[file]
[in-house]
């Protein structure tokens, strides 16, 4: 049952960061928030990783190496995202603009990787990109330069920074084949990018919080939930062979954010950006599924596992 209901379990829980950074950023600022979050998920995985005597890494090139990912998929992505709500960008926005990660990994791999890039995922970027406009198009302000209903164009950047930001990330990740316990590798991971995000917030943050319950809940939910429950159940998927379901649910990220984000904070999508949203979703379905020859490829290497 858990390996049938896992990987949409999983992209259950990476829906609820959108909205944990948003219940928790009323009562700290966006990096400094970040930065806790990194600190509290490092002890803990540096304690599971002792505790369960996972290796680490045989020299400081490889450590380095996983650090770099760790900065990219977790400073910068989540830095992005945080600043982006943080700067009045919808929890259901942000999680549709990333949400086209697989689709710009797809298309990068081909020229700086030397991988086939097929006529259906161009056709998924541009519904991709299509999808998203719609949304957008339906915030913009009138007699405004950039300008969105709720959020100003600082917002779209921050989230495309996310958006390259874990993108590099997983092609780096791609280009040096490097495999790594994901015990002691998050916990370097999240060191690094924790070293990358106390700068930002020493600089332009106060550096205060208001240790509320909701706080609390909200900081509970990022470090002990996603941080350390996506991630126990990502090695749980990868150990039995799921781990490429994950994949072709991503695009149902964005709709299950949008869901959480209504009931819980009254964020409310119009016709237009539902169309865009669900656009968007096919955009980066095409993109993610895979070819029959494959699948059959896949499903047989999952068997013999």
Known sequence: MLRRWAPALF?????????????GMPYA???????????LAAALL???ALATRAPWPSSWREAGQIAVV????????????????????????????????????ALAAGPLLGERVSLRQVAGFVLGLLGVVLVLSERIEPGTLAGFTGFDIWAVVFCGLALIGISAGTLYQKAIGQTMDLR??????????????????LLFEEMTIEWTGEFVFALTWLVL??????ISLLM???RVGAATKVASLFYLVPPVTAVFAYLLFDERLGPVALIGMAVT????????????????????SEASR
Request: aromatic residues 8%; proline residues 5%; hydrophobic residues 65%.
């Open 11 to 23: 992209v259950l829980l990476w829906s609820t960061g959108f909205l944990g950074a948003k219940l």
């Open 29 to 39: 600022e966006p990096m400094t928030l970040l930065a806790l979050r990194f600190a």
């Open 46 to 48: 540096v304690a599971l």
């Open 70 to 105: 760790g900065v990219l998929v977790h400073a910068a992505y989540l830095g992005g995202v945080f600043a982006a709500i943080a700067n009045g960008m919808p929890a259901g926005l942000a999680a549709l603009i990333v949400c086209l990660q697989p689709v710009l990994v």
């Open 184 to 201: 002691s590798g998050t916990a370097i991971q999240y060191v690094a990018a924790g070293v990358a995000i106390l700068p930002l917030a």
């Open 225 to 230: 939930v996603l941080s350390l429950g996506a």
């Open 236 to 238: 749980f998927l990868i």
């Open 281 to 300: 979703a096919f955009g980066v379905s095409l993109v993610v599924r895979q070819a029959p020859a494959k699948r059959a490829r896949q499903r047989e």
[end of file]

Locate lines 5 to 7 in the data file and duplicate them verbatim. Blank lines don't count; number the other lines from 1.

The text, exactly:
């Open 11 to 23: 992209v259950l829980l990476w829906s609820t960061g959108f909205l944990g950074a948003k219940l």
């Open 29 to 39: 600022e966006p990096m400094t928030l970040l930065a806790l979050r990194f600190a």
């Open 46 to 48: 540096v304690a599971l």